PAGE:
Up from the Vaults: Convict Labour

13 Jun 2019

Up from the Vaults: Convict Labour

Rarely seen and best not mentioned

The topic of convict labour will guide this year’s second talk in our popular Up from the Vaults series, in which we invite a subject expert from the University to take an in-depth look at art and objects from the University of Melbourne’s Cultural Collections.

This June, we invite you to join us in the newly opened Old Quad Library as Professor Janet McCalman AC explores work featuring convict labour by British artists John Skinner Prout and Godfrey Charles Mundy.

Convicts, much like servants in the Victorian age, were meant to be neither seen nor heard. They were expected to be the invisible machinery of domestic life and the colonial economy, and memoirs of Van Diemen’s Land are remarkable for the absence of convicts in the remembered landscape and households. Watercolourist John Skinner Prout and writer-artist Godfrey Charles Mundy were among the few who left images and descriptions of convicts at work and in confinement. And they have much to tell us.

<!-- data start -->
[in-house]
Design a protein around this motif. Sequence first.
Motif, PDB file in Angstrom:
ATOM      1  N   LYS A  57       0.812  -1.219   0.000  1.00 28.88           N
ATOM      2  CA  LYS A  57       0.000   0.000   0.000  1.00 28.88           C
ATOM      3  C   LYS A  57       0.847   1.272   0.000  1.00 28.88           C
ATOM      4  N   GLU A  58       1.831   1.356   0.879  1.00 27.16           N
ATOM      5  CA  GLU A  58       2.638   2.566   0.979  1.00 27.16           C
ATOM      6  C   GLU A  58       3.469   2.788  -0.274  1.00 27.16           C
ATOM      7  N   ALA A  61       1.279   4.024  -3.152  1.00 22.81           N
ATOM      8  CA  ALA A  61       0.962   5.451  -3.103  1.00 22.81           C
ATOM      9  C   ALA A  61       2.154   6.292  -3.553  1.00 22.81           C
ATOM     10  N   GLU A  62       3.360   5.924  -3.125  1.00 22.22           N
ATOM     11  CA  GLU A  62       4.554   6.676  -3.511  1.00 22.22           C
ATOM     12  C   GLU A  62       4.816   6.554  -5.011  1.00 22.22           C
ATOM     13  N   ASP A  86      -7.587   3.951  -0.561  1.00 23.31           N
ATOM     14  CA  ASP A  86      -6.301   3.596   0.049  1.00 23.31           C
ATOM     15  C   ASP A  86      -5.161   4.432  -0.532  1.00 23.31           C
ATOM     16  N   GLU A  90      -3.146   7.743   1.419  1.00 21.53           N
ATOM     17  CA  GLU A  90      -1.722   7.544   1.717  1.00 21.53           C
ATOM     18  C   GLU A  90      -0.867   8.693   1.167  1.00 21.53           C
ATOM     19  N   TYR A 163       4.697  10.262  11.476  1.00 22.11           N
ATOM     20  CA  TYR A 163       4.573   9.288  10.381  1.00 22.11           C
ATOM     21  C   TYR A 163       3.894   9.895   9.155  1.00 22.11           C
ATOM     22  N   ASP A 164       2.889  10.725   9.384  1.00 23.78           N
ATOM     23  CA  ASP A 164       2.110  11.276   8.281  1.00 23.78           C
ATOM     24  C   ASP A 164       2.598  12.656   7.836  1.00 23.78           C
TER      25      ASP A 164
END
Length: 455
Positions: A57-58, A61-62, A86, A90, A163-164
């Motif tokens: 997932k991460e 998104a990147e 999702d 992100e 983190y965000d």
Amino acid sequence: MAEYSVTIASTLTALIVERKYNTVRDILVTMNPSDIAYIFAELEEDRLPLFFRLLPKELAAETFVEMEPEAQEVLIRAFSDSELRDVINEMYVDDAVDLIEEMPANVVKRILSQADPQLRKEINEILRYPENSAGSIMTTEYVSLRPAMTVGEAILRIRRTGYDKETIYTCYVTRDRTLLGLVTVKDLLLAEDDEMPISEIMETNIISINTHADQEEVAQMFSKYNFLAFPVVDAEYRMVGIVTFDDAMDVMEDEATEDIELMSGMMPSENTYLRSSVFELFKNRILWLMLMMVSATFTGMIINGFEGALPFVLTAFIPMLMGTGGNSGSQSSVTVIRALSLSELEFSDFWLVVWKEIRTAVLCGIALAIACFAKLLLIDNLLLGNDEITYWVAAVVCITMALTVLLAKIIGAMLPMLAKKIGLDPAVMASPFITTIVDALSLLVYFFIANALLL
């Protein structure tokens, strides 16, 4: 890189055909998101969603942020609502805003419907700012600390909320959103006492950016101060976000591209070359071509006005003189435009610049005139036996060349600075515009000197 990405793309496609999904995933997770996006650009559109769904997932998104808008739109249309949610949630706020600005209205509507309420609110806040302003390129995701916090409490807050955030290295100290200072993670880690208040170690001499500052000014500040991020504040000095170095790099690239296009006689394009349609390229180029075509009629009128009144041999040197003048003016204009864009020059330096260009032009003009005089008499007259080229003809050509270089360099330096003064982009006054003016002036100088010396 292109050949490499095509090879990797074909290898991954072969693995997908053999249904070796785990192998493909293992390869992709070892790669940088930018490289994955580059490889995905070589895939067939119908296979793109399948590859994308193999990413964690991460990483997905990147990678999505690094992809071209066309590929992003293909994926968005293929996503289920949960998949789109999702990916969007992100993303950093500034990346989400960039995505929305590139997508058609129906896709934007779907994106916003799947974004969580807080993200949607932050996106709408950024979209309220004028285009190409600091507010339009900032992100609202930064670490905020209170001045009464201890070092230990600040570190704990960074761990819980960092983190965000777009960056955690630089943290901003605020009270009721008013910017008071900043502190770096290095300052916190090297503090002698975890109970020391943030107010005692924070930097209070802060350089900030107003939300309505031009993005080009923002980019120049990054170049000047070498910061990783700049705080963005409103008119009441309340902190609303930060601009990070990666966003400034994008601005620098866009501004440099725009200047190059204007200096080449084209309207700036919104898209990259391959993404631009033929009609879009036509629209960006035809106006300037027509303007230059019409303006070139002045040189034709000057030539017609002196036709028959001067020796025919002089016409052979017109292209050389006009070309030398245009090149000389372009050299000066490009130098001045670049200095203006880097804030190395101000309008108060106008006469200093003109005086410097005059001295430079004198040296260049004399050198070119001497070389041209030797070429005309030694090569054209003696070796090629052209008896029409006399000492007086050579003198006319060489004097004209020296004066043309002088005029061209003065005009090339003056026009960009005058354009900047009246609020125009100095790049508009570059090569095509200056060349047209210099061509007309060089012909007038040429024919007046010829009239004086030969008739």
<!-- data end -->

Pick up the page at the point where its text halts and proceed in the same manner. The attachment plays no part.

Professor Janet McCalman AC is known for her social histories Struggletown (1984) and Journeyings (1993) and for her history of women’s health at Melbourne’s Royal Women’s Hospital, Sex and Suffering (1998). Over the past twenty years she has been building rich cradle-to-grave datasets of well-documented historical cohorts: charity babies born from 1857–1900; Aboriginal Victorians 1840–1930, and Diggers to Veterans, risk recovery and resilience in the First AIF. Her biggest project, conducted with over fifty online volunteer genealogists, has been of 25,000 men, women and children who were transported to Van Diemen’s Land, discovering what happened to Australia’s forced immigrants.

Our 2019 program, Inside Out, has been generously supported by Peter Jopling AM QC, Andy Zhang and Calvin Huang.